Rob Roy "pub crawl" gathers pace


The NZ Transport Agency says good progress is being made shifting the Rob Roy Hotel - Auckland's oldest pub - back to its original site opposite Victoria Park, west of the city's CBD.

The shift began just after 9am when hydraulic jacks "pulled" the hotel the first 1.8 metres along a series of concrete runways.  When the first stage of the operation is due to be completed mid-afternoon, it is expected that the 125-year-old building will have completed just over half of its 44 metre-long journey.

"The progress of the Rob Roy Hotel back to its original site is both stately and rapid for a challenging operation of this nature," says the NZTA's State Highways Manager for Auckland, Tommy Parker.  "Our partners on the Victoria Park Tunnel project and the contractors responsible for the move are doing a fantastic job shifting a delicate old building safely and expertly."

The Rob Roy's journey will take two days.  When it is completed tomorrow, the hotel will be on the exact site where it was originally built, except that now the location is on top of the southern portal to the new Victoria Park Tunnel.  The return is a straight reversal of the move that was required last year to shift the hotel away from the tunnel construction site.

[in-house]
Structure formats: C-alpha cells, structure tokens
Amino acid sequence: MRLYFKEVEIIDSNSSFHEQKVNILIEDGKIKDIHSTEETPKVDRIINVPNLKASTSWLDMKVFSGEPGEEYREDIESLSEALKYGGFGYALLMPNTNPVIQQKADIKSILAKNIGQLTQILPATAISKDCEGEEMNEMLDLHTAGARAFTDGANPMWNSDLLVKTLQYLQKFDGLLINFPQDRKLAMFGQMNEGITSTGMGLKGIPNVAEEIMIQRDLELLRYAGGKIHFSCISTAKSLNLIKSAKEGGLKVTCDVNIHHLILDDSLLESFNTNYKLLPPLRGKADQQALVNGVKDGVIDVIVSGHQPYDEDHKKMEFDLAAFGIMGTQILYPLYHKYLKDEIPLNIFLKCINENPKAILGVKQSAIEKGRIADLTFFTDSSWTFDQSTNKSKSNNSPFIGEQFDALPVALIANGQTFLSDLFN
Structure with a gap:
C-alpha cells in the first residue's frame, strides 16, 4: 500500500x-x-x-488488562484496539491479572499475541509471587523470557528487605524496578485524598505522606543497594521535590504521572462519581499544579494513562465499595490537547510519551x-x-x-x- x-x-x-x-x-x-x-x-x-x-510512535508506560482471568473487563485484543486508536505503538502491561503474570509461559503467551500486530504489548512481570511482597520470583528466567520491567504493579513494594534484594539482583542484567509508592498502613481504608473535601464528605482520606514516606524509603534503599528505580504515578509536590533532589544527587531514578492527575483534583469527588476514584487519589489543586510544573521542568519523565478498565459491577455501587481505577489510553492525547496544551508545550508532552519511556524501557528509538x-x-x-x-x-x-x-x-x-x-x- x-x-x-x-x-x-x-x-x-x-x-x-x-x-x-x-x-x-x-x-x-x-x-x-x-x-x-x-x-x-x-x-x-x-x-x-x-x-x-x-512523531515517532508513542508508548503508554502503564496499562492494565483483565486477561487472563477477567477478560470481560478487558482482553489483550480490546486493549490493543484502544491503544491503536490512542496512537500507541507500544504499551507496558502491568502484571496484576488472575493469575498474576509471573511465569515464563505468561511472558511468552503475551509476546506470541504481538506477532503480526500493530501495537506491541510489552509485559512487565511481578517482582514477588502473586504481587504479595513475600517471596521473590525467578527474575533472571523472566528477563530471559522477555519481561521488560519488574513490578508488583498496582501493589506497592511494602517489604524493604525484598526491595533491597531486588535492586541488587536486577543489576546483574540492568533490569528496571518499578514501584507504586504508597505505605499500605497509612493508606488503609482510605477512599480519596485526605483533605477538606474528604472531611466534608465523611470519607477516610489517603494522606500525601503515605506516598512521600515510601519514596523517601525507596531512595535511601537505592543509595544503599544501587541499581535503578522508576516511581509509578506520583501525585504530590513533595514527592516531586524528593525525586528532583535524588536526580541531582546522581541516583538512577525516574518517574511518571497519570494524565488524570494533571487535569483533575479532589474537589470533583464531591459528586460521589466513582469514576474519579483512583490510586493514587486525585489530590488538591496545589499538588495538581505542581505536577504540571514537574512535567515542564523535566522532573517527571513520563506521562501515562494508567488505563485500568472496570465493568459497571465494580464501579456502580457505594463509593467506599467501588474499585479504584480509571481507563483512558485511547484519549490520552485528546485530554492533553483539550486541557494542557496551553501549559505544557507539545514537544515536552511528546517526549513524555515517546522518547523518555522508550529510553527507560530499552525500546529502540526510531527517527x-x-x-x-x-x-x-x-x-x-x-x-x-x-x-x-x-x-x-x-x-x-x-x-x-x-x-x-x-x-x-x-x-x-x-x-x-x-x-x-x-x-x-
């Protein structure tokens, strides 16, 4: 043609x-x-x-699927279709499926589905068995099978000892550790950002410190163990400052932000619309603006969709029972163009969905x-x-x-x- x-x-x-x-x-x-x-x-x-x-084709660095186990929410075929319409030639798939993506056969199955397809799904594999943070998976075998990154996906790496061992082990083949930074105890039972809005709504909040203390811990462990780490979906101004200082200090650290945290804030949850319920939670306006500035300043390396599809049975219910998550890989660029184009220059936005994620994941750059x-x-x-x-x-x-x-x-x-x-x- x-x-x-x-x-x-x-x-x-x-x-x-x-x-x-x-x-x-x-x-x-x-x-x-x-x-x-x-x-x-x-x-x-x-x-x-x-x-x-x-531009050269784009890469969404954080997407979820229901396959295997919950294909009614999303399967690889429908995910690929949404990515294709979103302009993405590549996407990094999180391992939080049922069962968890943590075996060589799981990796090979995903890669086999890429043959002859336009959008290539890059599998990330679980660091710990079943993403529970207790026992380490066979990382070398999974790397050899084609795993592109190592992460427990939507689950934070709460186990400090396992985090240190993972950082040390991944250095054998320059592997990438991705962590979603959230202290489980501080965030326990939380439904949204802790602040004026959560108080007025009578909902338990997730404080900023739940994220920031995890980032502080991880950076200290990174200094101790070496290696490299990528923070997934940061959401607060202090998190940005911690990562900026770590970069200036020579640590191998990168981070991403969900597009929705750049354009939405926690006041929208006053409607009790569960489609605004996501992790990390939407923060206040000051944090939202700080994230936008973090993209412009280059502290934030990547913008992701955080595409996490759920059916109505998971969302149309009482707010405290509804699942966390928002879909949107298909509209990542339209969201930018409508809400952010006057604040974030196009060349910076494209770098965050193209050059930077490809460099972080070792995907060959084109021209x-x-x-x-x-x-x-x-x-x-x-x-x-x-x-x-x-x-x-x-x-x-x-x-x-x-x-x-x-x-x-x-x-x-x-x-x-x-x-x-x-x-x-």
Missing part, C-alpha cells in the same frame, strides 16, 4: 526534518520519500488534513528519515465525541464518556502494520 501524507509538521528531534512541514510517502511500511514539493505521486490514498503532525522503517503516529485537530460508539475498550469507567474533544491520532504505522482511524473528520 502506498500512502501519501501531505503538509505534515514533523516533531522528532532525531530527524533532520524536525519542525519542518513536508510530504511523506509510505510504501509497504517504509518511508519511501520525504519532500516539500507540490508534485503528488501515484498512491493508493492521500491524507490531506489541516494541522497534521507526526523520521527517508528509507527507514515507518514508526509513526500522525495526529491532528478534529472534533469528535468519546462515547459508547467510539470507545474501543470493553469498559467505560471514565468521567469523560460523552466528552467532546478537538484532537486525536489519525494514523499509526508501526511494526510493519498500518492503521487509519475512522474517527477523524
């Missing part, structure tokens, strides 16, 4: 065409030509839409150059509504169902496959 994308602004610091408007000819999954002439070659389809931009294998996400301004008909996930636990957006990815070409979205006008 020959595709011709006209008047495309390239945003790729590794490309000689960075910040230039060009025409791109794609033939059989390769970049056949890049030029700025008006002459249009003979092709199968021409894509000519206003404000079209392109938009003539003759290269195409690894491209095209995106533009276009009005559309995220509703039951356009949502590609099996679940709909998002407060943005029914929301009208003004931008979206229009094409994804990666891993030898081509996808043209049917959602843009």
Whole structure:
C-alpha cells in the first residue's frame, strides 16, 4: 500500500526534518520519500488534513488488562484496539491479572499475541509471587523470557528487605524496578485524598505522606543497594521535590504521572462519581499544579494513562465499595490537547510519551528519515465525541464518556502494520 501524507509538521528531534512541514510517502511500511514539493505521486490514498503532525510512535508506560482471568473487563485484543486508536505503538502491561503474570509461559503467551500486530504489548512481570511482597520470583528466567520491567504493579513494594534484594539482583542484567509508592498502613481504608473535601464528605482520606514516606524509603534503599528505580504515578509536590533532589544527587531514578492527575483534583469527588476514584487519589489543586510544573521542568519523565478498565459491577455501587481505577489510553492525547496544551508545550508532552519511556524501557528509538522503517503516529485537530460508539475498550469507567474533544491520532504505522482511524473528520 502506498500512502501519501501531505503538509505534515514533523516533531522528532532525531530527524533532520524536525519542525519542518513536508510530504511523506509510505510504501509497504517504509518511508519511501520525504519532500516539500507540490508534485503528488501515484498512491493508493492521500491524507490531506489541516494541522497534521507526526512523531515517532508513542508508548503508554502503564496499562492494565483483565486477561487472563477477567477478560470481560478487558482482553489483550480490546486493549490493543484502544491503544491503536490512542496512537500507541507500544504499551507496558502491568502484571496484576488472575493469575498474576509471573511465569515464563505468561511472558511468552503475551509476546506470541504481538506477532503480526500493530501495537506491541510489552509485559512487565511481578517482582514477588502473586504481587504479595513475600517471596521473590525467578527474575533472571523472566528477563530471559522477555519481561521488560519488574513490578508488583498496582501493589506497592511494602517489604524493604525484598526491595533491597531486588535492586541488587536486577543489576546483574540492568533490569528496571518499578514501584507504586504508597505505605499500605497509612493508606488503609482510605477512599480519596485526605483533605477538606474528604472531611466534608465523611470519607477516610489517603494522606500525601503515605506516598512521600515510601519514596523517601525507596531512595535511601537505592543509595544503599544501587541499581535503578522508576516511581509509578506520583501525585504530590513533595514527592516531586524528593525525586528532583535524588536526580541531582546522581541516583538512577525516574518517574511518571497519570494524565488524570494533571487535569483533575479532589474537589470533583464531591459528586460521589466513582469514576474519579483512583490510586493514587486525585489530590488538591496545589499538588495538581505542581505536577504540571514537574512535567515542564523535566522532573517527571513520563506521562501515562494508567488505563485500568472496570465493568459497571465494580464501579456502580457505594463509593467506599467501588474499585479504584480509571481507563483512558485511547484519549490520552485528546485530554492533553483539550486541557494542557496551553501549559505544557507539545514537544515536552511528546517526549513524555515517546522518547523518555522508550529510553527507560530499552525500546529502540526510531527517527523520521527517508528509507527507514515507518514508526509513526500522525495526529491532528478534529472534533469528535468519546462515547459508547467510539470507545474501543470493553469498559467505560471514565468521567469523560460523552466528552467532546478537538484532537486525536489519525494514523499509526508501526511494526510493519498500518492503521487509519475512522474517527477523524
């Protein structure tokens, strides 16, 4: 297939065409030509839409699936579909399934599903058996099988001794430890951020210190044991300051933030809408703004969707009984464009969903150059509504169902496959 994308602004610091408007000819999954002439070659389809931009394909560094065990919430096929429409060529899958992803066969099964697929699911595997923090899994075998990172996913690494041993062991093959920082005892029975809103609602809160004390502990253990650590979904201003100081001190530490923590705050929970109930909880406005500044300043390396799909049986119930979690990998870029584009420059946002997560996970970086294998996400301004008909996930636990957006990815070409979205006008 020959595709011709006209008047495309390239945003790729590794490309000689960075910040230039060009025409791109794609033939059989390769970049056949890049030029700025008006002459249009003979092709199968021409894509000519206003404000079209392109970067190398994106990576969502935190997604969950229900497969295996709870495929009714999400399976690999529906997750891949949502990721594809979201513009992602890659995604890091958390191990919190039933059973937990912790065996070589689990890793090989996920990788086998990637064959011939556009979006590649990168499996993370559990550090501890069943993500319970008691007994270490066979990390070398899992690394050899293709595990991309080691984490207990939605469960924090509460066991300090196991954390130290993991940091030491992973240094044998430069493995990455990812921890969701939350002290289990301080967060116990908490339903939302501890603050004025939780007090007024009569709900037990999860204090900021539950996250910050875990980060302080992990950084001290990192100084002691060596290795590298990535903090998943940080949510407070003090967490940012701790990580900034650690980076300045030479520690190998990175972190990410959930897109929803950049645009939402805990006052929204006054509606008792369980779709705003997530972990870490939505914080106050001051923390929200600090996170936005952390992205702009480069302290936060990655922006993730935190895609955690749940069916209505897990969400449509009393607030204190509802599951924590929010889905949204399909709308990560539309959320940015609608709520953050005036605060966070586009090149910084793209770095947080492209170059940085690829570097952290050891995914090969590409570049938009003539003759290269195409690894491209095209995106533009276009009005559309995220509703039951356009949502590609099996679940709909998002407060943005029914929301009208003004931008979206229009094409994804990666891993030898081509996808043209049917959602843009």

The hotel's double move is costing around $2.5m.  The cost of the Victoria Park Tunnel project is $340m.

The Rob Roy is being "pulled" for the first part of its journey by hydraulic jacks.  The hydraulic jacking sledges will then be lifted by crane to the rear of the building so that it can be pushed on to the roof of the tunnel.

"The most critical part of a delicate operation is keeping the hotel level throughout the move," says Mr Parker. "The shift team is monitoring the levels constantly because excessive variation could put a brick building the age of the Rob Roy at risk."

The NZTA will continue to own the building, which will be refurbished as part of a plaza development around the old brick building.  The NZTA will next week call for expressions of interest for a hospitality-type business on the ground floor.

The Victoria Park Tunnel project is the first of the Government's seven roads of national significance (RoNS), to start construction.  It will support economic growth by reducing congestion, improving safety and journey times, and increasing the capacity of State Highway 1 between the Auckland Harbour Bridge and Newmarket, one of the country's busiest freight and business routes.

Last week, the NZTA announced that drivers can start using the 450 metre-long tunnel built for northbound traffic this November, three months earlier than planned.  The entire project, including the widening of  State Highway 1 through St Marys Bay and the reconfiguration of the existing Victoria Park viaduct to carry four southbound lanes of traffic, is due to be completed next March, two months ahead of schedule.